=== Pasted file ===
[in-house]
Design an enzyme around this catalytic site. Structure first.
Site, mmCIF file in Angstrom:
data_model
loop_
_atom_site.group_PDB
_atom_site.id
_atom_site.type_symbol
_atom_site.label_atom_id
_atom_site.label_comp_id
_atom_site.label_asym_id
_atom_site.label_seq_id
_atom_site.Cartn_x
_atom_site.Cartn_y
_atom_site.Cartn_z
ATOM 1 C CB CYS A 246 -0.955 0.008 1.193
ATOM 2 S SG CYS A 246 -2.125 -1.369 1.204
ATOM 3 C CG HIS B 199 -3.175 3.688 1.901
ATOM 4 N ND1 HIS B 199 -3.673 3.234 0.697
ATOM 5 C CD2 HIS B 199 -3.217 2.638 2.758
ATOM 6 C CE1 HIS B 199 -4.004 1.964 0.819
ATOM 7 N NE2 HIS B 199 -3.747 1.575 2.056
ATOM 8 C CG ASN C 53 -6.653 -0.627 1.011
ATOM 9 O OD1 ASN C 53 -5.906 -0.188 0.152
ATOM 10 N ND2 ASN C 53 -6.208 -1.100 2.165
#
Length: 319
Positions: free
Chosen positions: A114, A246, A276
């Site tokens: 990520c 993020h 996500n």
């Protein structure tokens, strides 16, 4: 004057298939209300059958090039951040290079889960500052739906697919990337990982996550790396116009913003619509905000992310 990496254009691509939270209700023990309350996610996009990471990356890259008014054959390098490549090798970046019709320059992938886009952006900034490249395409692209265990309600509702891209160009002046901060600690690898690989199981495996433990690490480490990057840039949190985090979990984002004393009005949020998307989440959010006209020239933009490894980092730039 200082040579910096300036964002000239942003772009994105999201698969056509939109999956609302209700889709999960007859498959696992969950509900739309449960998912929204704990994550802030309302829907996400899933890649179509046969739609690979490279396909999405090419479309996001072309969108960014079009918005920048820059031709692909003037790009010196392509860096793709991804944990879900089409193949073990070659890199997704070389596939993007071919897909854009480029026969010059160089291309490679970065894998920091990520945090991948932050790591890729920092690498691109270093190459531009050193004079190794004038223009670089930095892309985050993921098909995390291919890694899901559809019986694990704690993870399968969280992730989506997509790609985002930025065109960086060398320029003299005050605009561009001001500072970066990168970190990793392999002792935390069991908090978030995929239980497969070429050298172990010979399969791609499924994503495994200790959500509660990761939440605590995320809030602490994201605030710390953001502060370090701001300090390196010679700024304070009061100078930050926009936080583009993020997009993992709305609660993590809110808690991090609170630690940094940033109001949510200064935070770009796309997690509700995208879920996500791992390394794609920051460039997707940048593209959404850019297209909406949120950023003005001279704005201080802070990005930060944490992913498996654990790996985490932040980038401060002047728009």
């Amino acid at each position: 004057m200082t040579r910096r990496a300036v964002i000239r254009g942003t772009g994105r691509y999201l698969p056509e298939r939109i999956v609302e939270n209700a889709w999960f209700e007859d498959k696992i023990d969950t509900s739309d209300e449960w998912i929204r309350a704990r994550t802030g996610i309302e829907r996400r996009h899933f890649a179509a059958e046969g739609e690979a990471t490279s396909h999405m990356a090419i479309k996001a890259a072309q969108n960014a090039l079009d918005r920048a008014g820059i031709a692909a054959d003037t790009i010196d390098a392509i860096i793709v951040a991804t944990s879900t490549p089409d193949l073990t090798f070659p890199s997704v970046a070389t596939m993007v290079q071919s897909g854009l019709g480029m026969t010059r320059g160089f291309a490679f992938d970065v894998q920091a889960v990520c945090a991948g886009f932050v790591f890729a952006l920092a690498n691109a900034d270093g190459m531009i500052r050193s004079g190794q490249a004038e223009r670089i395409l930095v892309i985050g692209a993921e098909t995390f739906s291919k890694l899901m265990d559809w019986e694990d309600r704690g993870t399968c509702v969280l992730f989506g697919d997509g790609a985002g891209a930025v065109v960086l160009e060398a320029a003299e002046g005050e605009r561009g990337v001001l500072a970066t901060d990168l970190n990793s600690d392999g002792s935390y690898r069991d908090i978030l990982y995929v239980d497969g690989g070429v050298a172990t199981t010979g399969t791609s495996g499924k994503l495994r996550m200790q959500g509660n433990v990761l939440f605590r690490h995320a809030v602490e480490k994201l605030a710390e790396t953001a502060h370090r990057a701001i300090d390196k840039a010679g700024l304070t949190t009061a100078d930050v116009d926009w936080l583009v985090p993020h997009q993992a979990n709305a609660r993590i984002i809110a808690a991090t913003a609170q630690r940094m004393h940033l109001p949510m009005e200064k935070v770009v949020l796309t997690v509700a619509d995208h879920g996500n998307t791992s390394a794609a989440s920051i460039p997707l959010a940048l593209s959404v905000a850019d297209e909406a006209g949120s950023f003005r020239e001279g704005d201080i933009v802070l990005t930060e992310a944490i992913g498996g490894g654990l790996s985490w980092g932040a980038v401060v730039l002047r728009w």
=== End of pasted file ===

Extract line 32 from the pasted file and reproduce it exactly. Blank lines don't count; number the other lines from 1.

């Amino acid at each position: 004057m200082t040579r910096r990496a300036v964002i000239r254009g942003t772009g994105r691509y999201l698969p056509e298939r939109i999956v609302e939270n209700a889709w999960f209700e007859d498959k696992i023990d969950t509900s739309d209300e449960w998912i929204r309350a704990r994550t802030g996610i309302e829907r996400r996009h899933f890649a179509a059958e046969g739609e690979a990471t490279s396909h999405m990356a090419i479309k996001a890259a072309q969108n960014a090039l079009d918005r920048a008014g820059i031709a692909a054959d003037t790009i010196d390098a392509i860096i793709v951040a991804t944990s879900t490549p089409d193949l073990t090798f070659p890199s997704v970046a070389t596939m993007v290079q071919s897909g854009l019709g480029m026969t010059r320059g160089f291309a490679f992938d970065v894998q920091a889960v990520c945090a991948g886009f932050v790591f890729a952006l920092a690498n691109a900034d270093g190459m531009i500052r050193s004079g190794q490249a004038e223009r670089i395409l930095v892309i985050g692209a993921e098909t995390f739906s291919k890694l899901m265990d559809w019986e694990d309600r704690g993870t399968c509702v969280l992730f989506g697919d997509g790609a985002g891209a930025v065109v960086l160009e060398a320029a003299e002046g005050e605009r561009g990337v001001l500072a970066t901060d990168l970190n990793s600690d392999g002792s935390y690898r069991d908090i978030l990982y995929v239980d497969g690989g070429v050298a172990t199981t010979g399969t791609s495996g499924k994503l495994r996550m200790q959500g509660n433990v990761l939440f605590r690490h995320a809030v602490e480490k994201l605030a710390e790396t953001a502060h370090r990057a701001i300090d390196k840039a010679g700024l304070t949190t009061a100078d930050v116009d926009w936080l583009v985090p993020h997009q993992a979990n709305a609660r993590i984002i809110a808690a991090t913003a609170q630690r940094m004393h940033l109001p949510m009005e200064k935070v770009v949020l796309t997690v509700a619509d995208h879920g996500n998307t791992s390394a794609a989440s920051i460039p997707l959010a940048l593209s959404v905000a850019d297209e909406a006209g949120s950023f003005r020239e001279g704005d201080i933009v802070l990005t930060e992310a944490i992913g498996g490894g654990l790996s985490w980092g932040a980038v401060v730039l002047r728009w």